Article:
Is Cliffs Natural Resources a Good Stock to Buy?

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Iron ore and metallurgical coal company Cliffs Natural Resources (NYSE: CLF) has been pounded by weak demand for steel in the last year (metallurgical coal is used to produce steel, as opposed to thermal coal, which is a fuel for electric utilities). The stock is down 70% in the last year in what has been a more or less steady decline, while the S&P 500 index is up. A number of market players are still bearish on Cliffs, going by the fact that the most recent data shows 23% of the outstanding shares held short. However, Wall Street analysts are forecasting a recovery at the company, with consensus earnings for 2014 implying a forward P/E of 9.

In 2012, revenues decreased 11% from a year earlier (though sales were higher than in 2010). A large impairment charge caused Cliffs to report negative operating income; if we add back impairments, we still get a heavy decline in operating income due to the fact that cost of goods sold was actually higher in 2012.

Pretax income seems to have been down by over 75% after addbacks. The decline seems to have moderated in percentage terms by the time we get to the end of the year -- specifically, revenue was down only 4% last quarter compared to the fourth quarter of 2011 -- but that is still a hardly promising sign. Adjusted EPS for the quarter was 41 cents, which when annualized would give an earnings multiple of 13; at that valuation we like to see at least modest earnings growth.

Part of our work is tracking 13F filings from hedge funds and other notable investors, using them to develop investment strategies (for example, the most popular small cap stocks among hedge funds outperform the S&P 500 by an average of 18 percentage points per year). We can also use this information to review holdings of Cliffs as of the end of December. Billionaire Steve Cohen's SAC Capital Advisors increased its holdings of Cliffs by 11% during the fourth quarter of 2012 to a total of 3 million shares, while Fisher Asset Management, managed by billionaire Ken Fisher, reported a position of about 830,000 shares at the end of December.

Alpha Natural Resources (NYSE: ANR), CONSOL Energy (NYSE: CNX), and Peabody Energy (NYSE: BTU) are three other coal companies, though these peers provide both metallurgical and thermal coal (also known as steam coal). In terms of forward earnings estimates, Cliffs inspires the most confidence among analysts of the lot. Alpha is actually forecast to be unprofitable in 2014, as it was in 2012; that stock is another popular short target, and in the fourth quarter of 2012 its revenue decline versus a year earlier was quite severe at 20%.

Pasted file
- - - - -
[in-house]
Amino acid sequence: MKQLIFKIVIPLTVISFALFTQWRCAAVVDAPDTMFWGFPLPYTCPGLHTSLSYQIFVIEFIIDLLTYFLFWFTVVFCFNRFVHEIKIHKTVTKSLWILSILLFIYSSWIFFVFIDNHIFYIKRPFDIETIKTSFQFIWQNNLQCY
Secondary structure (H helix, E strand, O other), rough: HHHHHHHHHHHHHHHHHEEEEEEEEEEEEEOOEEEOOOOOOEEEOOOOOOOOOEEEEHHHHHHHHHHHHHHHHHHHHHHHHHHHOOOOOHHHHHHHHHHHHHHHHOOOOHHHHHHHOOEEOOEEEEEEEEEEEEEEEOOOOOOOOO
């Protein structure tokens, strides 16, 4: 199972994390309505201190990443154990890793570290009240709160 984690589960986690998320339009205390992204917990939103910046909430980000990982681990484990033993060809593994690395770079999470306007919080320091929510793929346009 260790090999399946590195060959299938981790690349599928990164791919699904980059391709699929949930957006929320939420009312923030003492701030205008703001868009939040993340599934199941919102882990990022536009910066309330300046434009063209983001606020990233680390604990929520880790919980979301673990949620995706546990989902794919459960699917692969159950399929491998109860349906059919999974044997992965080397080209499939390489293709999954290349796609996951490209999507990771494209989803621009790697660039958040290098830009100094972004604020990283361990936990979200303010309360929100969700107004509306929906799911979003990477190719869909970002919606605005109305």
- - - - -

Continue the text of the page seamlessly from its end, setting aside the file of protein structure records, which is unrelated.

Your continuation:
CONSOL experienced double-digit percentage declines on both top and bottom lines -- again, a weaker performance than we saw at Cliffs -- and while it is expected to be profitable, its forward earnings multiple of 16 represents a premium. Peabody, like Cliffs, was carried into unprofitability for 2012 by an impairment charge, and it’s at least a bit closer when we look at changes in its top line. Still, it looks to us that Cliffs is more stable than these coal companies in addition to having a better outlook from the Street.

For a company more purely exposed to steel demand, it’s hard to top United States Steel (NYSE: X). A considerable percentage of shares outstanding are held short as U.S. Steel turned in its third consecutive year of unprofitability in 2012 (though some of this was due to special items, and net losses in Q4 were smaller than expected). It’s another stock where the Street is expecting rapid improvement (resulting in a forward P/E of 9). However, the continuous unprofitability leads us to be skeptical.

While Cliffs does look like it has a higher upside than many of its peers, we aren’t quite ready to recommend it as a value stock. Given the annualization of last quarter’s earnings per share we think that we would wait a quarter or two to see if the company can start actually increasing its sales and earnings and be clearly profitable for 2013.

This article is written by Matt Doiron and edited by Meena Krishnamsetty. They don't own shares in any of the stocks mentioned in this article. The Motley Fool has no position in any of the stocks mentioned. Try any of our Foolish newsletter services free for 30 days. We Fools may not all hold the same opinions, but we all believe that considering a diverse range of insights makes us better investors. The Motley Fool has a disclosure policy. Is this post wrong? Click here. Think you can do better? Join us and write your own!

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